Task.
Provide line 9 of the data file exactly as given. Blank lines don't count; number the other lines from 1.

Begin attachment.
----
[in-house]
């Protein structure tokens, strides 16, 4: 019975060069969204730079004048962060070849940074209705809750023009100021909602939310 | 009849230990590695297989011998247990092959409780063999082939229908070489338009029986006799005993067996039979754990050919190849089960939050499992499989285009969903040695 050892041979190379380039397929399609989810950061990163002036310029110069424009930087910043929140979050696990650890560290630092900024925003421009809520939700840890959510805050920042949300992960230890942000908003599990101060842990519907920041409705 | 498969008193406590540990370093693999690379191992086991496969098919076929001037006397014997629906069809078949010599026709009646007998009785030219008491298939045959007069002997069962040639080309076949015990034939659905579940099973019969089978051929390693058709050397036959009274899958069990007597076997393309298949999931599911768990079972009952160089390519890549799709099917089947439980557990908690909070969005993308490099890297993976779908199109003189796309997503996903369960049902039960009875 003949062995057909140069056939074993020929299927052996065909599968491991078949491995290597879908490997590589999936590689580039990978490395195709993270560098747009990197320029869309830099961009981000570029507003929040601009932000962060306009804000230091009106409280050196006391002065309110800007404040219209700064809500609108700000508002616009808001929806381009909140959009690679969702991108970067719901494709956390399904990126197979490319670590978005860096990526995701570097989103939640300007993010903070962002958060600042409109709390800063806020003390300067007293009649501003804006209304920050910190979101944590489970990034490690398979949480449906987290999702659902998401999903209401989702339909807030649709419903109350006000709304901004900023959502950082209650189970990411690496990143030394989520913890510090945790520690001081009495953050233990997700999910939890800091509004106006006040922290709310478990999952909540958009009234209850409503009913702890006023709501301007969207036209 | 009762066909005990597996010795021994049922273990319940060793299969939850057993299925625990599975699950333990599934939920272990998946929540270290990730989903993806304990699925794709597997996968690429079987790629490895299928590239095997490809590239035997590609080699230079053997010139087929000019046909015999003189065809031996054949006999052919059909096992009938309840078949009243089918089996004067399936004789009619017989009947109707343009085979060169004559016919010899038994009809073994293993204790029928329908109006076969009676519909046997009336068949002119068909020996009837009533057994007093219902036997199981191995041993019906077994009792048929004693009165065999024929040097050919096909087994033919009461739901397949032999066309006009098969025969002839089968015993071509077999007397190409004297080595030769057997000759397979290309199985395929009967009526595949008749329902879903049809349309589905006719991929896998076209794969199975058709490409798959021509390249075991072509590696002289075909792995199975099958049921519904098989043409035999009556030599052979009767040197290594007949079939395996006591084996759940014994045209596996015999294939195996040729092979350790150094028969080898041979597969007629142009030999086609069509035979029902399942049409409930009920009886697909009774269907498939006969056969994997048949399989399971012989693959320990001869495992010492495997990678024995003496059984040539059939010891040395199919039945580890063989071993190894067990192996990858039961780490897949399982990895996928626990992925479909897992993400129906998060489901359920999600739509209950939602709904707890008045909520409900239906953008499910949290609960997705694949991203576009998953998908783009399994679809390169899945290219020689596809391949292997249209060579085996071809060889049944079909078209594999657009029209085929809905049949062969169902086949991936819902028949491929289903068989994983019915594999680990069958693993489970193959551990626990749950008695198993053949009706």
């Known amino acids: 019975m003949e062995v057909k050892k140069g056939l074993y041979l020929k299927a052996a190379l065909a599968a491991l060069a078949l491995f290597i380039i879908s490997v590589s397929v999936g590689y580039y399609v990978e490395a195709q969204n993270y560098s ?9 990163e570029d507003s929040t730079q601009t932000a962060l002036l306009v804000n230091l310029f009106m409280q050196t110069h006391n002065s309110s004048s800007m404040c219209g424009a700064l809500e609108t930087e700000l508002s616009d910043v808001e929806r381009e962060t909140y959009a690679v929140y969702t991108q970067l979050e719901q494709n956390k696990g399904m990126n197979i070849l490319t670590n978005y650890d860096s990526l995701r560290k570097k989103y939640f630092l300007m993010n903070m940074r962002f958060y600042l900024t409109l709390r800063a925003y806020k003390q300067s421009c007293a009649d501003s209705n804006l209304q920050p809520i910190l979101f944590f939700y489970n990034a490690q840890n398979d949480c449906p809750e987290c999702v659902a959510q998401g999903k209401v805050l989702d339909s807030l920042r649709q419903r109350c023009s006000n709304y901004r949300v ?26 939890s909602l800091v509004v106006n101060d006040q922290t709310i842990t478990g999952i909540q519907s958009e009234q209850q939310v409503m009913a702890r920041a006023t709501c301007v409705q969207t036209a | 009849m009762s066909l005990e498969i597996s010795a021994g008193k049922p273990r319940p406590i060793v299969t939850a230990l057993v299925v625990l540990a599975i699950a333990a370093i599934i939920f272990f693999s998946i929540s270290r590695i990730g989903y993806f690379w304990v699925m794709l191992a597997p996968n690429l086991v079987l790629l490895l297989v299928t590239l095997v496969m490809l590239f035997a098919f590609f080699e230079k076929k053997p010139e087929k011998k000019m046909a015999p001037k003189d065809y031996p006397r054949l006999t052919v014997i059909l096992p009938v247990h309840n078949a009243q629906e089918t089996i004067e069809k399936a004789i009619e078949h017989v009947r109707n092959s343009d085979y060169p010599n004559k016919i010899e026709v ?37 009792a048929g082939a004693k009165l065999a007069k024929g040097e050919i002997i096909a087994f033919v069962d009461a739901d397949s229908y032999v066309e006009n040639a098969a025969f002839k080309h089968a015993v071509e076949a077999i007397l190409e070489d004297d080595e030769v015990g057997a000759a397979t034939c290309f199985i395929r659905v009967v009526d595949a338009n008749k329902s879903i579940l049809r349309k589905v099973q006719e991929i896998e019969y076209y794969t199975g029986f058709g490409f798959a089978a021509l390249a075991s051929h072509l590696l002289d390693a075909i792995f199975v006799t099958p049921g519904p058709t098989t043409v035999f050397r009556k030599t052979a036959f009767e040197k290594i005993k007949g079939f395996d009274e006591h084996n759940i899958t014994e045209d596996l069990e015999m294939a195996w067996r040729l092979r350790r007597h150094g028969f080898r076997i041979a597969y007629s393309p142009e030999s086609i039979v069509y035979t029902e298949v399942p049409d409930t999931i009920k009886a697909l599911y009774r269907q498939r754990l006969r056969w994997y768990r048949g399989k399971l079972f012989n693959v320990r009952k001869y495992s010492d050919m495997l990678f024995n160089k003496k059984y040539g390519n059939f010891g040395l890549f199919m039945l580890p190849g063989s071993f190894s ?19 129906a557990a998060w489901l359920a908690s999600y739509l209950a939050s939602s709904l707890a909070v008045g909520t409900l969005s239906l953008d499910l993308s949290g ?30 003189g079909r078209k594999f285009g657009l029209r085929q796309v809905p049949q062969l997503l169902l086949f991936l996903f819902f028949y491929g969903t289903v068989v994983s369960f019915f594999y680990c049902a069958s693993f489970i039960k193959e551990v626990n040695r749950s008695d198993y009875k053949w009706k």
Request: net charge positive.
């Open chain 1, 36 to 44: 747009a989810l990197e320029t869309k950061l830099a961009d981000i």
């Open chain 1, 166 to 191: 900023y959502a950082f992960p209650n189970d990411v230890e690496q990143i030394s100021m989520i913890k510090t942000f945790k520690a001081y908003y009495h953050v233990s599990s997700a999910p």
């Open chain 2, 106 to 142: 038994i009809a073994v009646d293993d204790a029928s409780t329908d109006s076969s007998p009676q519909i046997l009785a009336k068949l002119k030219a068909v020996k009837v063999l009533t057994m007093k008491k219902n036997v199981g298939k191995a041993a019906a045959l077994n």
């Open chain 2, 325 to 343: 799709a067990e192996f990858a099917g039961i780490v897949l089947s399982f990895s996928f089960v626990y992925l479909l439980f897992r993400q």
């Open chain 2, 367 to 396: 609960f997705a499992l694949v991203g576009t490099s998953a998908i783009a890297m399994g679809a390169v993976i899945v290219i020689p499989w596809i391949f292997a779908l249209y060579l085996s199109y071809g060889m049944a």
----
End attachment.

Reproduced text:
């Open chain 2, 367 to 396: 609960f997705a499992l694949v991203g576009t490099s998953a998908i783009a890297m399994g679809a390169v993976i899945v290219i020689p499989w596809i391949f292997a779908l249209y060579l085996s199109y071809g060889m049944a």